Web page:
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Welcome to St Anne's Church, Baslow
You can use this plan to guide you as you walk around St Anne's. Simply follow the numbers and refer to the explanations below.
1. Dog Whip
As you enter the church there is a glass case by the door containing a leather dog whip used by the church Dog Whipper. It was his duty "to whip the dogs, which had followed their masters, out of the church, and generally to look after the orderly behaviour of both bipeds and quadrupeds during Divine Service."
It was not uncommon for household dogs to accompany or at least follow their owners to church services at this time. If at any point they became loud, fought with other animals, attacked congregation members, or were otherwise disruptive, it was the job of the Dog Whipper to remove them from the church to allow the service to continue in peace.
Dog Whippers were usually provided with a whip (hence the title) and sometimes a pair of large wooden tongs with which to remove the animals.
However, the Dog Whippers became less common from the late 18th century, because animals were increasingly unwelcome at church.
2. The King's Arms
Looking to the right of the dog whip cabinet you will see a picture of The Kings Arms which was painted in 1721 at a cost of £9.00!
The Kings Arms were painted and placed in various churches as a sign of loyalty.
The succession of George, Elector of Hanover, to the throne as George 1st in 1714 led to changes in the royal coat of Arms to include his territories. The fourth quarter was divided into three, showing two golden lions on a red field, a blue lion on a gold background and in the lowest part a galloping white horse on a red background, the symbol of Hanover.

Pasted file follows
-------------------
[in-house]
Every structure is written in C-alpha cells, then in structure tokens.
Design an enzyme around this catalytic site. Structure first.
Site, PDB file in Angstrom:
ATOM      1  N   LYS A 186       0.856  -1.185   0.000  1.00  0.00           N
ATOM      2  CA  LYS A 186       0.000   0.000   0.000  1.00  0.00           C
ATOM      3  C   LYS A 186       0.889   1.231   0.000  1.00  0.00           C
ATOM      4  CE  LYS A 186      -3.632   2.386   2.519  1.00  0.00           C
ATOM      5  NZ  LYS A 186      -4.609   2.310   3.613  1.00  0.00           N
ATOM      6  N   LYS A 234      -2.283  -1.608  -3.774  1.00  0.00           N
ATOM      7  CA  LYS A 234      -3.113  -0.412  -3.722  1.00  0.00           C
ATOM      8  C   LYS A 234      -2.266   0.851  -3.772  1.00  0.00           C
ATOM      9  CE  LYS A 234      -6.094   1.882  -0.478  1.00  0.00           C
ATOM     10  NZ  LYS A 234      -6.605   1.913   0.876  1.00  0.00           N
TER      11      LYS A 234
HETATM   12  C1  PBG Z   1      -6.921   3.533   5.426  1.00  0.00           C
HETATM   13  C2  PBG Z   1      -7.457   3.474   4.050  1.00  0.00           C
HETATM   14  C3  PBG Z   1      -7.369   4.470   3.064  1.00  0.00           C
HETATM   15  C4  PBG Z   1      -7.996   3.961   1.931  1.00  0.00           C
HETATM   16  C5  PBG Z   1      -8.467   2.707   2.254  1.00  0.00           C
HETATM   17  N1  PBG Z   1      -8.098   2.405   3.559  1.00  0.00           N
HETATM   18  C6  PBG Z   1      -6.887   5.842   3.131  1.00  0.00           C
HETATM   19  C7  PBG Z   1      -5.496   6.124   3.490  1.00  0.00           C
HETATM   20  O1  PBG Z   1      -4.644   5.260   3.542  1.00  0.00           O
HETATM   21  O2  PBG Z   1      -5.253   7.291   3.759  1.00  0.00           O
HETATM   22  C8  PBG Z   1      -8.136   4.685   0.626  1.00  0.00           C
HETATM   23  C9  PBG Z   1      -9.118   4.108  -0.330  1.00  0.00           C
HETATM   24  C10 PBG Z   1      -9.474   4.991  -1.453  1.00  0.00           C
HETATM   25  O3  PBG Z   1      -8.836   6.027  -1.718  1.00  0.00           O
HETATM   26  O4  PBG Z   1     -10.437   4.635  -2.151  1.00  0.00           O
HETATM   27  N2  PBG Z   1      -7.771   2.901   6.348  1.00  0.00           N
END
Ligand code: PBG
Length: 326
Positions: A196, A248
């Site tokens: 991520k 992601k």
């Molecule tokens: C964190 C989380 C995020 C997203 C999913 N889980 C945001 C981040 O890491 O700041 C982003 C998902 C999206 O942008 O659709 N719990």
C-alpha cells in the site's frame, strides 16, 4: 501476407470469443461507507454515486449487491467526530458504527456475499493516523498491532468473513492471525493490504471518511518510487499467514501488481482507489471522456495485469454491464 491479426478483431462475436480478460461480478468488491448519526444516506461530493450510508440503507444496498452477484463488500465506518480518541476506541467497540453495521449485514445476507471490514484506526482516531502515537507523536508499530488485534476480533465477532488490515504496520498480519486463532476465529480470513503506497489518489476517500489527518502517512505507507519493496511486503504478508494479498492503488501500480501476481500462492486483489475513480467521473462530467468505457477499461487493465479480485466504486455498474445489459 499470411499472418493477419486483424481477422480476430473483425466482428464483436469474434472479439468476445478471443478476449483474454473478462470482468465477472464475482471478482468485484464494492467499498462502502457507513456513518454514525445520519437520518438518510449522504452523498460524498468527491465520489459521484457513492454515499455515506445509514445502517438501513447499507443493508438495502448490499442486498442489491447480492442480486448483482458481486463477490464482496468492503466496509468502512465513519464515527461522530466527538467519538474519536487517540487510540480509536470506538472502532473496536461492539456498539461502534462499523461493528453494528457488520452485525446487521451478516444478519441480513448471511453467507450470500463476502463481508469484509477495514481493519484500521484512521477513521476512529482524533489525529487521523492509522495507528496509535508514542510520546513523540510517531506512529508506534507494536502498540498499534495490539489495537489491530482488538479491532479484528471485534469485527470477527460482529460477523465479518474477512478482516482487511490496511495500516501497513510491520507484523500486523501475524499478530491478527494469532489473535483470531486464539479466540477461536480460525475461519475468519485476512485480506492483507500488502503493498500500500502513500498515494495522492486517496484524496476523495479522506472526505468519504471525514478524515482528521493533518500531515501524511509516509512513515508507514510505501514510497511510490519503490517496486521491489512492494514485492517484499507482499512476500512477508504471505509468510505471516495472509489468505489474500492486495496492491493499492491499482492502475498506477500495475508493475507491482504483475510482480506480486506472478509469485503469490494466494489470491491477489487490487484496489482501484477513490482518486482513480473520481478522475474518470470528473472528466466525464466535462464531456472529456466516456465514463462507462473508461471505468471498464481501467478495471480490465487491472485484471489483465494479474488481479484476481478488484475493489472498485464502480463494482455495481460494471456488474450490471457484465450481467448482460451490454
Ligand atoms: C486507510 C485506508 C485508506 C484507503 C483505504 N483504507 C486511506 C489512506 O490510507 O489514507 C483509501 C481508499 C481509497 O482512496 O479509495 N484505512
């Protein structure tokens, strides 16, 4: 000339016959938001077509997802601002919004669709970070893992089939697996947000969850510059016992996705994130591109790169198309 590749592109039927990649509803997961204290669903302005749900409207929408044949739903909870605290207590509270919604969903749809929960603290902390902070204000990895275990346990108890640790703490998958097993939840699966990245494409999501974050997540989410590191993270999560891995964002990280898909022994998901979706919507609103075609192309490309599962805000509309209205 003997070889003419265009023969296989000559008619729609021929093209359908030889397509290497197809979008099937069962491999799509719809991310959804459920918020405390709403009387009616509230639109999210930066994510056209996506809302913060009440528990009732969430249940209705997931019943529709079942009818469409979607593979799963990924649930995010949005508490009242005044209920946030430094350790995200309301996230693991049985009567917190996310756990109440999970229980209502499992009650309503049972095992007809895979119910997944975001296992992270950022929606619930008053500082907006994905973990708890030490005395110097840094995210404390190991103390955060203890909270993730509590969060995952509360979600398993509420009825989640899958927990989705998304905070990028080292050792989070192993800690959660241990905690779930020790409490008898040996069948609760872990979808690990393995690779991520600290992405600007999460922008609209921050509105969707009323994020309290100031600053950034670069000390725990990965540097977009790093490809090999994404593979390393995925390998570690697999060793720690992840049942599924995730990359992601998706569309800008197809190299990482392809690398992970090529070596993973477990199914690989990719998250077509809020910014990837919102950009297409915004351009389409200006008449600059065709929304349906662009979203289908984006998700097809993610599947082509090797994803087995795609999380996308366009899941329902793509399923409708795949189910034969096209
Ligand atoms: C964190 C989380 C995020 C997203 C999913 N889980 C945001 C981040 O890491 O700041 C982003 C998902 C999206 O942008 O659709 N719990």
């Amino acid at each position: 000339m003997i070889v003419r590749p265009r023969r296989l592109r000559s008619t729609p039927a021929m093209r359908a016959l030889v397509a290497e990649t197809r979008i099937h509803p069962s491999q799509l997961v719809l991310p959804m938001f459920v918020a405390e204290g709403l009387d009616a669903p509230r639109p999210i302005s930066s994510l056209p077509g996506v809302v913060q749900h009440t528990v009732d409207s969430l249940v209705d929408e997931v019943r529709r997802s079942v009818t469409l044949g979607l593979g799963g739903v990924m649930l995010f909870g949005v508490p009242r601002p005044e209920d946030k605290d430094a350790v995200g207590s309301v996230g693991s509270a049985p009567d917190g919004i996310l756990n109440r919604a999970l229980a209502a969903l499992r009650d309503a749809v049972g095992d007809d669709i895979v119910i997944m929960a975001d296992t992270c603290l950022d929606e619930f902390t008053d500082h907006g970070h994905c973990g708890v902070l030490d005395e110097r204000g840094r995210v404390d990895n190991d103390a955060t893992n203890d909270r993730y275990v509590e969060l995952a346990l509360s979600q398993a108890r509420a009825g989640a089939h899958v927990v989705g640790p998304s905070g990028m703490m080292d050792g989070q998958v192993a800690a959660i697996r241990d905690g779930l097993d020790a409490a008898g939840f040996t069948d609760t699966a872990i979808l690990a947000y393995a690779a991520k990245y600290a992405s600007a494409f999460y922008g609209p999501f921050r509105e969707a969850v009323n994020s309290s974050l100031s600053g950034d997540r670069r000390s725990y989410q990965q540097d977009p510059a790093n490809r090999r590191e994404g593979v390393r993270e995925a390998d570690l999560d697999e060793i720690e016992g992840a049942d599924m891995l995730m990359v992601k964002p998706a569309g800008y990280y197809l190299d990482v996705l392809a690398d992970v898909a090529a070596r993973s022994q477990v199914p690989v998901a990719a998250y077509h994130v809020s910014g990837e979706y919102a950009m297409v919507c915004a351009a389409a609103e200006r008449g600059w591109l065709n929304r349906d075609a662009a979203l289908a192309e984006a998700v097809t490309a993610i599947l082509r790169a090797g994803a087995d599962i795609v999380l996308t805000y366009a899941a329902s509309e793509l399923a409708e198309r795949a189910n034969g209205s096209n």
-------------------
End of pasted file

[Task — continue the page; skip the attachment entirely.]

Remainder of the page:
The lion and the unicorn supporting the shield represent England and Scotland respectively. Around the shield is a belt or strap with the motto Honi soit qui mal y pense ("Evil to him who evil thinks"), the symbol of the Order of the Garter.
The sovereign's motto, Dieu et mon droit ("God and my right") can also be seen at the foot of the picture.
The painting lay neglected in the old vesty under the Tower for many years but was restored and rehung in the 1930s.
3. West Window (South Aisle)
Looking to your right, you will see a memorial window to the memory of Isabel, youngest daughter of the late Rev Joseph Wilson of Sheffield.
He was the headmaster of Sheffield Grammar School from 1810 until 1818 when he took his own life. He was well known in town as he had a false leg (made of cork) and was the last person in Sheffield to use a sedan chair.
The windows depict two of the gospel writers, St Luke and St John. Above the figures is the inscription "Heaven and earth shall pass away but my word shall not pass away".
Reading Luke's gospel gives a good idea of his character as one who loved the poor, who wanted the door to God's kingdom opened to all, who respected women, and who saw hope in God's mercy for everyone.
Christian tradition says that John was one of Christ's original twelve apostles. His gospel gives more focus to the relationship of the Son to the Father than the other gospels. It also focuses on the relation of the Redeemer to believers, the announcement of the Holy Spirit as the Comforter and the prominence of love as an element in Christian character.
4. West Window (Nave) - a curiosity?
The next window on the west side of the church contains the inscription "In memory of John Henry Manners seventh Duke of Rutland".